8. I play the piano and also tune them. Anything can be made to fly if you throw enough money at it. IF I were to want to do this, I'd think long and hard about securing it so that it can't go traveling by itself. Keeping it in tune will be a constant challenge. My suggestion is that, if you want to take a real piano along, is that you learn to tune yourself. Not really all that difficult. You will have to decide how often you will need to tune it. I'd wait a few days after landing before any tuning. An electronic keyboard is probably, overall, a much better choice. No tuning issues and MUCH
  9. I, too, find this thread interesting. We need to remember that each of us has differing needs. Yes, there are lots of people who can easily use an EV as their only vehicle. There is a place for an EV truck, too. Rural America may not be the best choice for an EV, though. Right now I'm in a town of 15,000 and we have the only Wal-Mart for over 100 miles in some directions. Assuming that people in those places have a need/want to go to Wal-Mart, how useful is an EV for them? Now move to the RV world. We currently have a 40' motorhome and normally don't travel more than about 250 miles on a
  10. Thanks for mentioning that. That was one of the more important things we considered before we bought our Foretravel. One brand that was mentioned several times as being a higher-end coach required one to own one of their coaches before being allowed to post on the forum! They didn't make the cut. We're looking at four options (two of which are Foretravels), and all have reasonably active owners forums.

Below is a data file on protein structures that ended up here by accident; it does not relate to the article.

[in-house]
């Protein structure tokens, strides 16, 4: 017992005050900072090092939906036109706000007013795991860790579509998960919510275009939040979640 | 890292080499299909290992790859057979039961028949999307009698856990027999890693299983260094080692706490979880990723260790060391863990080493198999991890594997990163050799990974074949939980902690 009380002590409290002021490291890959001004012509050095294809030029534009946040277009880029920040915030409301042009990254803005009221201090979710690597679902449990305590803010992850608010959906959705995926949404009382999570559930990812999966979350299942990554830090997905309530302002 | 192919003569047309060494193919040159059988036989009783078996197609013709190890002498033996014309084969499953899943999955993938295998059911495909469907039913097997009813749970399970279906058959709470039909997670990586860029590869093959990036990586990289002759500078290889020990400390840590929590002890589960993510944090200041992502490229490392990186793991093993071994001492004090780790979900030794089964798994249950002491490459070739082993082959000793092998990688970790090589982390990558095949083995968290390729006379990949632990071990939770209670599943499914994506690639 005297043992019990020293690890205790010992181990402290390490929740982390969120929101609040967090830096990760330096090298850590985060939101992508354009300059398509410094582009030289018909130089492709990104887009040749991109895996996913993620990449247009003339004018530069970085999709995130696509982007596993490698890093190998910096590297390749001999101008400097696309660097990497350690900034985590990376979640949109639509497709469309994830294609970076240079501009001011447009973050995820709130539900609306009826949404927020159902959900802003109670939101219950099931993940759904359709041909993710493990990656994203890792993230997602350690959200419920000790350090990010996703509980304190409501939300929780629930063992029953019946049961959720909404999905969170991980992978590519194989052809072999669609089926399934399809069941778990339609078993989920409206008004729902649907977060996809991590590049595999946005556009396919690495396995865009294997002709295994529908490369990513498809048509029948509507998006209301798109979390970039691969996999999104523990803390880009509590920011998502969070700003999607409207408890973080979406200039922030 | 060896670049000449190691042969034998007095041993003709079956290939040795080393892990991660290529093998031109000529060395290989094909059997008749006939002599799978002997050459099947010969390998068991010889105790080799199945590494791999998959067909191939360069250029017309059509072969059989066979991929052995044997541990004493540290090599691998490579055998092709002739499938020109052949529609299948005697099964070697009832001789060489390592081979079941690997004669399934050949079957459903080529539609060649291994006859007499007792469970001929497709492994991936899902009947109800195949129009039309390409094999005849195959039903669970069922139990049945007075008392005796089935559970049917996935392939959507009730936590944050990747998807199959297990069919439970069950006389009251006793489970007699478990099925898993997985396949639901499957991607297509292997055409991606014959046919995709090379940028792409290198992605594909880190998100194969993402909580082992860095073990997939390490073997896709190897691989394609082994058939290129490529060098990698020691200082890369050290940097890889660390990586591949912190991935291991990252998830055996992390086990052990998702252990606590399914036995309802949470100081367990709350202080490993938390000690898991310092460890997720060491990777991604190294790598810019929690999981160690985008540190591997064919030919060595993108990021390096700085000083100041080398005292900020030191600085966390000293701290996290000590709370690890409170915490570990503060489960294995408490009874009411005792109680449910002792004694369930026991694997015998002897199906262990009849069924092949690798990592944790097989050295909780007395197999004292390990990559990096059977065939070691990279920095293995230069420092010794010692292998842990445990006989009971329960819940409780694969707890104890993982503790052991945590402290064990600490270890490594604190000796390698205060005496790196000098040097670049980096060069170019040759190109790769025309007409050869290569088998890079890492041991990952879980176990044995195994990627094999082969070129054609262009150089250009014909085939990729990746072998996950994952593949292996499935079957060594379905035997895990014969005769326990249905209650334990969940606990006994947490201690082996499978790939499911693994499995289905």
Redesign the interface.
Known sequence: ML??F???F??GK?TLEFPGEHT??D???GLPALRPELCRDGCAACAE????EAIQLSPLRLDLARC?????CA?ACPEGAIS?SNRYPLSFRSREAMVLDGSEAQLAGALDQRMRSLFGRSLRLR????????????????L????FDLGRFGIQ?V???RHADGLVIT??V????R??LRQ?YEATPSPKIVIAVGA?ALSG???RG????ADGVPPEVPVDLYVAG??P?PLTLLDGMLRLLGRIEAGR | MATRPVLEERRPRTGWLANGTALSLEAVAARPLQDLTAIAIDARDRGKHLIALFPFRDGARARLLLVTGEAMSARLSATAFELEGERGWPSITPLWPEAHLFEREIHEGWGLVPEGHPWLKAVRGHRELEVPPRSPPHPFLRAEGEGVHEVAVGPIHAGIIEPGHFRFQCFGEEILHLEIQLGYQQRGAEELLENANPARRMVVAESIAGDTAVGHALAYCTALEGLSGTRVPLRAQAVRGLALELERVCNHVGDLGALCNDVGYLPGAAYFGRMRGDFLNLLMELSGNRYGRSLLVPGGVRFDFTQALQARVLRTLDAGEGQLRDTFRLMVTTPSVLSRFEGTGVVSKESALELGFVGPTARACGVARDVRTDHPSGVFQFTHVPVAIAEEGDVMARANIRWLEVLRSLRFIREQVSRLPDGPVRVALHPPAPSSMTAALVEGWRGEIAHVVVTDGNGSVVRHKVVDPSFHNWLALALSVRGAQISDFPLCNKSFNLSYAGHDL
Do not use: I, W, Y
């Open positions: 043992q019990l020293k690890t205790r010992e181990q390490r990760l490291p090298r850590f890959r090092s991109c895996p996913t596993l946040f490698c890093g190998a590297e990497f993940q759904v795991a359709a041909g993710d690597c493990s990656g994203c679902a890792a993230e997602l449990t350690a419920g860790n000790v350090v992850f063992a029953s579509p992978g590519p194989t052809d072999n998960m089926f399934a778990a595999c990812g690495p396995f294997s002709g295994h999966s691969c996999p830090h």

11. We're fulltiming in a 1993 Foretravel. It has a Detroit Diesel 6V92TA engine and an Allison 4-speed automatic transmission. Foretravel made the chassis and body. Everything else is off the shelf stuff. Since this is the two-cycle engine, there aren't a lot of mechanics that can work on it, but they are out there. We had an inframe overhaul done a few years ago. The mechanic in charge of the project had his son working with him. The dad has retired, but I'm guessing the son is learning and following in his father's footsteps. We generally plan for an annual visit to Nacogdoches for service
  12. Usually the number that is of greatest concern is overall length. Since part of a 5'er is over the truck bed, the actual overall length is less than the sum of the length of the truck plus the length of the trailer.
  13. I hope you kept his information. If you are going to be there next year when he comes through it might be worth it to get on his schedule.
  14. I suspect that at least some manufacturers read general RV forums. I know that many follow their own brand-specific ones. We have to remember that what I think would be an improvement you might think is a disaster. When one gets to the point of ordering a custom or semi-custom RV it is a different story. When a company is manufacturing for the masses they have to build what will sell. I was about to add some comments to the OP and then noticed the date. One thing that we really appreciate on our 1993 Foretravel is the side-opening tambour doors on the overhead cabinets. The roll take
  15. We had an inframe overhaul done a few years ago. Ours has a bed that lifts up, so no dismanteling needed. They used an air compressor to raise the coach, put the safety stands in, settled it on the safety stands, and were able to work from below, above and from the rear as needed.